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Undoubtedly a glamorised version of a true story, American Made comes with plenty of action and airplanes to keep things thrilling.

Fans of hit Netflix series Narcos will be familiar with the true story behind American Made. The protagonist is Barry Seal (Tom Cruise) – a competent but bored TWA pilot who starts flying undercover for the CIA, then soon begins drug-smuggling for the Medellin drug cartel, including Pablo Escobar himself. Despite being a true story, the film is as much about Tom Cruise as it is Barry. His performance is enjoyable in its familiarity as Cruise does what he does best, embodying charm, charisma and confidence to lend the character a large dose of heroism.

Director Doug Liman’s (The Bourne Identity, Edge of Tomorrow) latest creation is ambitious in scope, as he attempts to condense nearly 10 years of turbulent history into a 2 hour film, from Colombian drug-smuggling to U.S government corruption. The roving camera style supports the chaotic storyline, as archived footage from South America is juxtaposed with Seal’s own account of his experiences working for both sides. The cinematography helps to show there’s no good or bad guys in this situation – everyone’s hands are dirty.

Seal’s alliance with both the CIA and the Medellin cartel established his role as ‘the gringo who delivers’. It doesn’t matter if he’s flying drugs, guns or taking secret photographs for the CIA – Seal just goes along with the hand he’s been dealt and watches the money roll in, literally running out of places to store his surplus cash. It’s as if he can’t believe his luck throughout the whole movie.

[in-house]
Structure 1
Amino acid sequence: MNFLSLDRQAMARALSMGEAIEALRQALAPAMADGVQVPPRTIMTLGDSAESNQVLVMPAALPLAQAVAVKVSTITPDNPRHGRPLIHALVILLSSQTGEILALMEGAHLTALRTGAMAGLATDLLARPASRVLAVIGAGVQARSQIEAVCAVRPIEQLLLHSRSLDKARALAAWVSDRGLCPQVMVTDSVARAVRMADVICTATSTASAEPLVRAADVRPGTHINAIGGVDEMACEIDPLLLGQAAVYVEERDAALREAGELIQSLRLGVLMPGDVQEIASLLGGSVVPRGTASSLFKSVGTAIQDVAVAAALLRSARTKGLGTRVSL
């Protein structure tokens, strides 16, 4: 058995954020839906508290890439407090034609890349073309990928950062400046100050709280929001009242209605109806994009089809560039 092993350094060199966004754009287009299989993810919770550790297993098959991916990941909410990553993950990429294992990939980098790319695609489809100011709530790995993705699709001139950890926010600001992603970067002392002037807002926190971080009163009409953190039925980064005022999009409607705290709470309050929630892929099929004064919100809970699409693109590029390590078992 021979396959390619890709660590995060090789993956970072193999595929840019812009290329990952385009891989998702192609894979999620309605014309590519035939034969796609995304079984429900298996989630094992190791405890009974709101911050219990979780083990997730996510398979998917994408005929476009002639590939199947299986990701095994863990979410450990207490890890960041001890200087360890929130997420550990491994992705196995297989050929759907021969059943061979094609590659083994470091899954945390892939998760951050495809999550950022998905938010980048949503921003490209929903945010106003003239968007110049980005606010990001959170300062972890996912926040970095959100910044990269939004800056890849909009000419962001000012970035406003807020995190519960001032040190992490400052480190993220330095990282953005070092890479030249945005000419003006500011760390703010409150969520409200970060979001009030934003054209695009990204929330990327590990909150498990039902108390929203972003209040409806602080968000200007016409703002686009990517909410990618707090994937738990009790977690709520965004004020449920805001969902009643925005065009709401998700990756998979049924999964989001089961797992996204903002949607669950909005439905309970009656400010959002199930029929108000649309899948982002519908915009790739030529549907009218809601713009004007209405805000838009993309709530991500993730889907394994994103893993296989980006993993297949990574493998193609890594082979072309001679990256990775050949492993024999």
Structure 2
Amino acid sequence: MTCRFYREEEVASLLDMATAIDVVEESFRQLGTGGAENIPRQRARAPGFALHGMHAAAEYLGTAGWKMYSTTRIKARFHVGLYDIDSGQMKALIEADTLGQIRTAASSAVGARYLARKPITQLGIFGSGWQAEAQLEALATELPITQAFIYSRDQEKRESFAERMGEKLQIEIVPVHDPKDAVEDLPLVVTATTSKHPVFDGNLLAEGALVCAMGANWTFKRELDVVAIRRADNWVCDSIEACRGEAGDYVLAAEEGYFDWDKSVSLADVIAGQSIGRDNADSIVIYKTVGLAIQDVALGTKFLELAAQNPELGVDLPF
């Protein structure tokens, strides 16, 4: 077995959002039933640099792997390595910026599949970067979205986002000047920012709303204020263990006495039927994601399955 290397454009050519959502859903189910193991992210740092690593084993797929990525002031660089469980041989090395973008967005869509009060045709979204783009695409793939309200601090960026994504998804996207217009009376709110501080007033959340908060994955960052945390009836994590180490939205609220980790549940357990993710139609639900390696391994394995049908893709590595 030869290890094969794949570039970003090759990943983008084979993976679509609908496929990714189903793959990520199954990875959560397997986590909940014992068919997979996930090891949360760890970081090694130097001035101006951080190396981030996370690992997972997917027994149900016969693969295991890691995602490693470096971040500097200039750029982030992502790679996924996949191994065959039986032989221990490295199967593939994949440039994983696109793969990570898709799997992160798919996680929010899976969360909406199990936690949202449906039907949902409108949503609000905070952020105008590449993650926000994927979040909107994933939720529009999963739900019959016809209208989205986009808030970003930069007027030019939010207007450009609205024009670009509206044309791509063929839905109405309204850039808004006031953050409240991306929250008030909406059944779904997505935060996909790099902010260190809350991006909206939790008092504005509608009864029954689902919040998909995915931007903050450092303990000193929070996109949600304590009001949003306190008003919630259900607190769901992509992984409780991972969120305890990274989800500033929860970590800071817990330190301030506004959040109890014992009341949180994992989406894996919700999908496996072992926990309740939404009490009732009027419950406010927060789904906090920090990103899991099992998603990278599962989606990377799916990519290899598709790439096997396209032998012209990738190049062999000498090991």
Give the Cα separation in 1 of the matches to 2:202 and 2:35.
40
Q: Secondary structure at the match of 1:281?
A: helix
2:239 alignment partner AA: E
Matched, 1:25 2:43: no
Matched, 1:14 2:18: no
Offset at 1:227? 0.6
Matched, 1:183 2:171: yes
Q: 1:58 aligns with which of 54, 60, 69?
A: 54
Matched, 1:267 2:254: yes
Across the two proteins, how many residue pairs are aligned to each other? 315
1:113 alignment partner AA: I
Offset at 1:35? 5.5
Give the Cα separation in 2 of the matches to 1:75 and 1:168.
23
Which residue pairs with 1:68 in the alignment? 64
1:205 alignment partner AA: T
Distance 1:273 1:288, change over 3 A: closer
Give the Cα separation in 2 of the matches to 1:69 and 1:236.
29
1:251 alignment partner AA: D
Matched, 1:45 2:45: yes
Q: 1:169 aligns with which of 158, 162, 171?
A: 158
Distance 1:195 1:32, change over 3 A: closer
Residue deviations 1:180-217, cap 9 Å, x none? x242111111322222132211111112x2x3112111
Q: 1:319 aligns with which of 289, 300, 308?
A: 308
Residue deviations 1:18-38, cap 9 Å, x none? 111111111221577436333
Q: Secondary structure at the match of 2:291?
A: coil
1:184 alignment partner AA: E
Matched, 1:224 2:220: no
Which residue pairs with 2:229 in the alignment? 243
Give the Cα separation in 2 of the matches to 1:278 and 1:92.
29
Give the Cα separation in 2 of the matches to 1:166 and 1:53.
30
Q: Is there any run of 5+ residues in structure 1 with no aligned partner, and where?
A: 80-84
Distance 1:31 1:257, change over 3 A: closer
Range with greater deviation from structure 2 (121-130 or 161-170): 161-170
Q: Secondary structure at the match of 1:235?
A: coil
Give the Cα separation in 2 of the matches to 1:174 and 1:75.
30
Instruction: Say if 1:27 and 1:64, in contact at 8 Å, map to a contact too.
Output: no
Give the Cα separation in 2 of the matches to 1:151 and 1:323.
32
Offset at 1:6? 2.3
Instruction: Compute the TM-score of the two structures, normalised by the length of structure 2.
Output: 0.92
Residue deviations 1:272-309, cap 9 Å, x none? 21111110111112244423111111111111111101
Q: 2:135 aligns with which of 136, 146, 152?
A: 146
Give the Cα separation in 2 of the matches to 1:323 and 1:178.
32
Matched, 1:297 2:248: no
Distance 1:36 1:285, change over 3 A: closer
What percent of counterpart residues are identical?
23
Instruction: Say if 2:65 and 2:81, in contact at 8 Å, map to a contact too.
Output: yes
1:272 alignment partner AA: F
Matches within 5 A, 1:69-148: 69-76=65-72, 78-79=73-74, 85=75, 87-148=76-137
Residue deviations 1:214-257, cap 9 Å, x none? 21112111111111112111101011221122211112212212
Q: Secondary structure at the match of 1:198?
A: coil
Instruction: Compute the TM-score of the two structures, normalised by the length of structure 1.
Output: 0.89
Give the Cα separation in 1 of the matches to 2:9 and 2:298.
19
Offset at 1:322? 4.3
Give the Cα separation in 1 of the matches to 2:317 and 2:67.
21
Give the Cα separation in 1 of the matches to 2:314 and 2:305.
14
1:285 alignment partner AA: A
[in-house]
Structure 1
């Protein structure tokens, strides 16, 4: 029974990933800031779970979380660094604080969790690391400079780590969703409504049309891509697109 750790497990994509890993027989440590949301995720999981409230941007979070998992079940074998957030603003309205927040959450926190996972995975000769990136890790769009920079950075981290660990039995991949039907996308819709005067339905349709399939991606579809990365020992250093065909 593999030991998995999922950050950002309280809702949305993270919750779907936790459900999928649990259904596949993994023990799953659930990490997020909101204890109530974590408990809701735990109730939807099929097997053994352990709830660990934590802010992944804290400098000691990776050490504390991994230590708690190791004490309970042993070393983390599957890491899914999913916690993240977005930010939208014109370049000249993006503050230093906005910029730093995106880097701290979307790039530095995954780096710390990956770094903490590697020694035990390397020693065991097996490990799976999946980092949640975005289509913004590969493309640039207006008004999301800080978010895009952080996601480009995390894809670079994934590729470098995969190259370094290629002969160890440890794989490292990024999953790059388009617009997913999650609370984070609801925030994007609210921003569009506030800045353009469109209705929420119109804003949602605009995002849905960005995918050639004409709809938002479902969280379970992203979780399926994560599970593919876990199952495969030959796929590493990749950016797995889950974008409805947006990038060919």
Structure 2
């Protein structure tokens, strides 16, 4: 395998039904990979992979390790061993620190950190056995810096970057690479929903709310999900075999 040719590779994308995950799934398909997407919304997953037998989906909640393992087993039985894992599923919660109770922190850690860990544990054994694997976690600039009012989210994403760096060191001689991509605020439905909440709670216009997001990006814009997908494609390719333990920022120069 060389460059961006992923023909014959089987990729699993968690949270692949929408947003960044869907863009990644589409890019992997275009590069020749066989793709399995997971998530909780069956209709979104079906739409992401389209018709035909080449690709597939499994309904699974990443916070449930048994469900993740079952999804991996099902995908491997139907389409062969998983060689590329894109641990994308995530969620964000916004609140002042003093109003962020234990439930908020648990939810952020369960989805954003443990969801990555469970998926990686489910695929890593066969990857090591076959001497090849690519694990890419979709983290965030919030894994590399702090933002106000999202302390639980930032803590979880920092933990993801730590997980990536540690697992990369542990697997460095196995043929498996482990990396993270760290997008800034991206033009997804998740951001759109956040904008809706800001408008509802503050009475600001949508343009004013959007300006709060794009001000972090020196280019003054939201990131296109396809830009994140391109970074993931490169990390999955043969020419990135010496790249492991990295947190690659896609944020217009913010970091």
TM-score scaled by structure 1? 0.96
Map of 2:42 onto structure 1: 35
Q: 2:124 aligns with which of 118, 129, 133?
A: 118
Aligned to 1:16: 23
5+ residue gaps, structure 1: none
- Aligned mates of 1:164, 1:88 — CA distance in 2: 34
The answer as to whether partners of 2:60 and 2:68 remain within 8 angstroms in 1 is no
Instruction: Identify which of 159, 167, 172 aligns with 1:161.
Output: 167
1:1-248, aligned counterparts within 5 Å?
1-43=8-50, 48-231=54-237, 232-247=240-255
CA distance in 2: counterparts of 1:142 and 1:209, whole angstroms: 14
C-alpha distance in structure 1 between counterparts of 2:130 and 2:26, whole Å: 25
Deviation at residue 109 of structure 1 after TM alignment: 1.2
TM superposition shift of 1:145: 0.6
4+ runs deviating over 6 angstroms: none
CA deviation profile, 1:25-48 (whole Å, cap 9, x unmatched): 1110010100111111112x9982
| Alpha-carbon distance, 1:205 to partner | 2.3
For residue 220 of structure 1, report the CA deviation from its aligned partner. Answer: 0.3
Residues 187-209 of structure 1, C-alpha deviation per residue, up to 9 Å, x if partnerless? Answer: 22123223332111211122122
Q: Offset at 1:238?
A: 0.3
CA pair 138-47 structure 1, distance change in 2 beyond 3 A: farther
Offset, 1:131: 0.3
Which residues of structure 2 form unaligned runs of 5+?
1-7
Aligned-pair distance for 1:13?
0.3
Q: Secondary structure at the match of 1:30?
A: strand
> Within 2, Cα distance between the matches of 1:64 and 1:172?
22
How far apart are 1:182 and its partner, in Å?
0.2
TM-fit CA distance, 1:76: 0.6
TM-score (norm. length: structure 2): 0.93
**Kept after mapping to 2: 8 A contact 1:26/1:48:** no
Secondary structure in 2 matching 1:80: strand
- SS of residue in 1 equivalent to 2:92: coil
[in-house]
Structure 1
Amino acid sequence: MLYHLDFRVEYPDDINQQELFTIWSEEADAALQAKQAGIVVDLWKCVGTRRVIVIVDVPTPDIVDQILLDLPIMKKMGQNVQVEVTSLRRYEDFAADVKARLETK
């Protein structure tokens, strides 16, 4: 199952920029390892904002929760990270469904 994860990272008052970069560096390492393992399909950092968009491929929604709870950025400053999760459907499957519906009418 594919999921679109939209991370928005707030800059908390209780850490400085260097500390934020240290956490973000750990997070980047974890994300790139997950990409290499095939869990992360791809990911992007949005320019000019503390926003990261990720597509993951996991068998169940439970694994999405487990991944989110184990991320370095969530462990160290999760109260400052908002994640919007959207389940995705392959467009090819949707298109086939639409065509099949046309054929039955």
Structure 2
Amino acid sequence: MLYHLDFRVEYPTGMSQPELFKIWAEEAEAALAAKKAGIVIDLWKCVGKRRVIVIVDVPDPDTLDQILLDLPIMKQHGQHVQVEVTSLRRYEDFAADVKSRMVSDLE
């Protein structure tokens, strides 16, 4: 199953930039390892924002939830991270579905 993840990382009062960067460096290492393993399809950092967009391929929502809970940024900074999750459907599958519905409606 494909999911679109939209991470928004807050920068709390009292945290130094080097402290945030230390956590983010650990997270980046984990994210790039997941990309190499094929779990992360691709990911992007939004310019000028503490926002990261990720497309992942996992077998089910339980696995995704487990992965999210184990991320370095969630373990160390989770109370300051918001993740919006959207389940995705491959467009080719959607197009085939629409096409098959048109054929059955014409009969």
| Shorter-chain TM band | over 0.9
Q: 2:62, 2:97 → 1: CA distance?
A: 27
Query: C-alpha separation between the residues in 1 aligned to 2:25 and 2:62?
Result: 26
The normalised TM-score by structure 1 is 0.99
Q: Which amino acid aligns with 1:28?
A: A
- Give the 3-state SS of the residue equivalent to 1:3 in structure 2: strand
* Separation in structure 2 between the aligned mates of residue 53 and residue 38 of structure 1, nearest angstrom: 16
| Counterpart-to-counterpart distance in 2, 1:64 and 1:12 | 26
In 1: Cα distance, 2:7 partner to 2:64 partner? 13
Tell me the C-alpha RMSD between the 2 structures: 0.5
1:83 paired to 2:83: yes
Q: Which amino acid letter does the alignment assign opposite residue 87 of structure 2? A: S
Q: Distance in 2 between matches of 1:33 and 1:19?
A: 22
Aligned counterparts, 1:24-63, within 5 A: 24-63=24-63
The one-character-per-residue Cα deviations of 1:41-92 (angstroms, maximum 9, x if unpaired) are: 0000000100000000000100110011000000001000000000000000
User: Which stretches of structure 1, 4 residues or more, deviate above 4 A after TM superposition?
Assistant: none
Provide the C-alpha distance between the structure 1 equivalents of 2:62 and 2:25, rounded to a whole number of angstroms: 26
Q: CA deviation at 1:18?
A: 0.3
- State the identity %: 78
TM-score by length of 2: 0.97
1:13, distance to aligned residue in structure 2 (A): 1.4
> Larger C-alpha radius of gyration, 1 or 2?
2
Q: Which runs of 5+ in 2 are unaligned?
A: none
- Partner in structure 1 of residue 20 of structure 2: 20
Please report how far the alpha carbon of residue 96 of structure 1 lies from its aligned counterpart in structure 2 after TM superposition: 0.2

The complex storyline can be exhausting at times, with under-developed characters that suffer due to the amount of screen time that focuses on Cruise’s Colgate smile. But the humorous and somewhat irreverent tone keeps things going. Sarah Wright puts in a powerful performance as Seal’s wife, Lucy – a gorgeous stay-at-home mum who takes no shit from her husband and makes her opinions known. Although their relationship is somewhat peripheral and secondary to Seal’s jet-setting career in the film, Wright’s performance highlights just how ludicrous her husband’s sudden rise to riches is. Although dubious of Seal’s activities at first, it’s not long until Lucy is soon playing the perfect housewife while happily drowning in money and diamonds.

American Made nods towards Liman’s previous action-packed films, but the difference lies in its complex and tumultuous real-life history. The outcome is a fun, if slightly frenzied, plot, which delivers on an accurate version of true events.

American Made is on general release now.

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